,, , , second voyage, first discovery becomes south to pass that he should make a settlement , , . . TT- • 1 « . . .. , 1 , ,. j era gothic as the ship arrives at Hispaniola. there, so that the Christians he left behind ° r , , , might trade and gain information about that ^ Spaniards find two corpses near the bank country and its inhabitants by learning their of the river and tw0 more bodies upstream, language and trading with that village [so and their ship is followed by a canoe of Taino that] when he returned . .. with reinforce- Indians who row away as soon as the Span ments, the colonists would be able to guide iards turn around and try to approach them, him in settling and subjugating that land.6 Columbus orders the lombards to be fired in

y 0 a 0

0 w

!?' VI

pursue an ultimately fruitless itinerary in On his return to Spain from the West Indies, search of gold, back and forth from Cuba to Columbus made careful notations about La S Hispaniola, "according to the indications that Navidad—and not only for his own conve these Indians that I have give me" (109). nience. The notes had a symbolic purpose and

Nowhere is this more apparent than dur- were meant for a wider audience; as Fernando 3 ing the occasion of Columbus's founding of put it, "The admiral thought it well to men La Navidad, the first European settlement tion these facts in order to make known the ft in the Americas. The precise location of this position of the first Christian town founded in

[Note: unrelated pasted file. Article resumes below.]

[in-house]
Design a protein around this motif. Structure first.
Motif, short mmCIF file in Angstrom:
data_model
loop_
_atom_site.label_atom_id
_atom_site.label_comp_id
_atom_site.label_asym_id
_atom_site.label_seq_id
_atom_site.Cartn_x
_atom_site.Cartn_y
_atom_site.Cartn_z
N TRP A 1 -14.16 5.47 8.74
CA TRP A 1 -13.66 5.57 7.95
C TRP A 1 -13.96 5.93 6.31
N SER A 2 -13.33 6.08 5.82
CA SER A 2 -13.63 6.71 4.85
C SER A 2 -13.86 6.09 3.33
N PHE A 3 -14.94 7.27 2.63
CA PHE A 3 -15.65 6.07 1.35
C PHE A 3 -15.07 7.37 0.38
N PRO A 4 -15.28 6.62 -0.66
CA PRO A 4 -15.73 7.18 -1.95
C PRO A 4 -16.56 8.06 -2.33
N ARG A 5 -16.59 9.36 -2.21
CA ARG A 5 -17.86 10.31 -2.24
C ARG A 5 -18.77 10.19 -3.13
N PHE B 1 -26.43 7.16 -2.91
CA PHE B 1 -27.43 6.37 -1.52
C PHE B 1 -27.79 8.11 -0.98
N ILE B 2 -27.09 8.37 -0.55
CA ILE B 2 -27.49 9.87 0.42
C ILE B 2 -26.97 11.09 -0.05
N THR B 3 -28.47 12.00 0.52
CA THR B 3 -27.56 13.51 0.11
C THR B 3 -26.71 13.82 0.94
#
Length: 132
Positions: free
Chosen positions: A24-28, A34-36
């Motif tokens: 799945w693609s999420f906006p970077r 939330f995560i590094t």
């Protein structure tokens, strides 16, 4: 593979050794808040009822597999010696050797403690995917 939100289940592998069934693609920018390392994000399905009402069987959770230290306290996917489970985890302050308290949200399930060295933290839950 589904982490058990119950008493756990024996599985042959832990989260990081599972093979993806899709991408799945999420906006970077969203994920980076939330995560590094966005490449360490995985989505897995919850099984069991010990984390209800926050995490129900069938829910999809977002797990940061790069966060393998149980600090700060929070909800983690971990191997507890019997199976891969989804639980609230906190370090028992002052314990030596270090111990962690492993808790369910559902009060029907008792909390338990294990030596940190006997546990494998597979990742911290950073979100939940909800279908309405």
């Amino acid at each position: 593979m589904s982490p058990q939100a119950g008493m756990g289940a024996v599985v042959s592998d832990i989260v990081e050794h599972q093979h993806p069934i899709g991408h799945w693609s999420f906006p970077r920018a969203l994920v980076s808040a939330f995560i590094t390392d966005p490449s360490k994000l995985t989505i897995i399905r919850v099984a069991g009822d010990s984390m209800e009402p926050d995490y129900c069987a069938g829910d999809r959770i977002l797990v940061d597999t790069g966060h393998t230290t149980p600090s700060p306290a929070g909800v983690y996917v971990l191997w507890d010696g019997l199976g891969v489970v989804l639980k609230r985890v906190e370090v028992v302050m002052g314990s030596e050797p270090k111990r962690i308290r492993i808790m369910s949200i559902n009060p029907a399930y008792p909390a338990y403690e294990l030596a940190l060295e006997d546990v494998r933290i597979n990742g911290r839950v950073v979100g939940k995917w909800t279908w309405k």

settlement remains unknown, though arche- the Western world" (85). In his famous letter ologists continue to search for it in Haiti, near from the first voyage, dated 15 February 1493, the northern coast where one of Columbus's Columbus announces with fanfare, In this

ships was wrecked in December 1492, cata- island of Hispaniola, I have taken possession lyzing his decision to build a fort using the °f a large town which is most conveniently remains of the vessel. Columbus's Diario situated for the goldfields … and have built blames the wreck on a disobedient steers- a f°rt there. It is perhaps his most profound

man who left the helm to a cabin boy against act °' co'on'a' nam'ng during a voyage based the admiral's express orders, with disastrous on tb's linguistic process. I have named this consequences. But the account later suggests town Villa de Navidad ( Letter 120). a different explanation for the accident when DesPite the Presti§e Columbus invested it introduces Guacanagari, the Taino "king," in this site> few university students today who "had sent to invite and beg [Columbus] could readil? identlfy La Navidad as the first to come with the ships to his harbor" (279; EuroPean settlement in the Americas: one

, . , T ., . . r . ~ that, in Fernando's words, included a fortress my emphasis). In this version of events, Co , , . , « j . 1 along with thirty-six men, a great store of lumbus appears to have been deliberately , , ,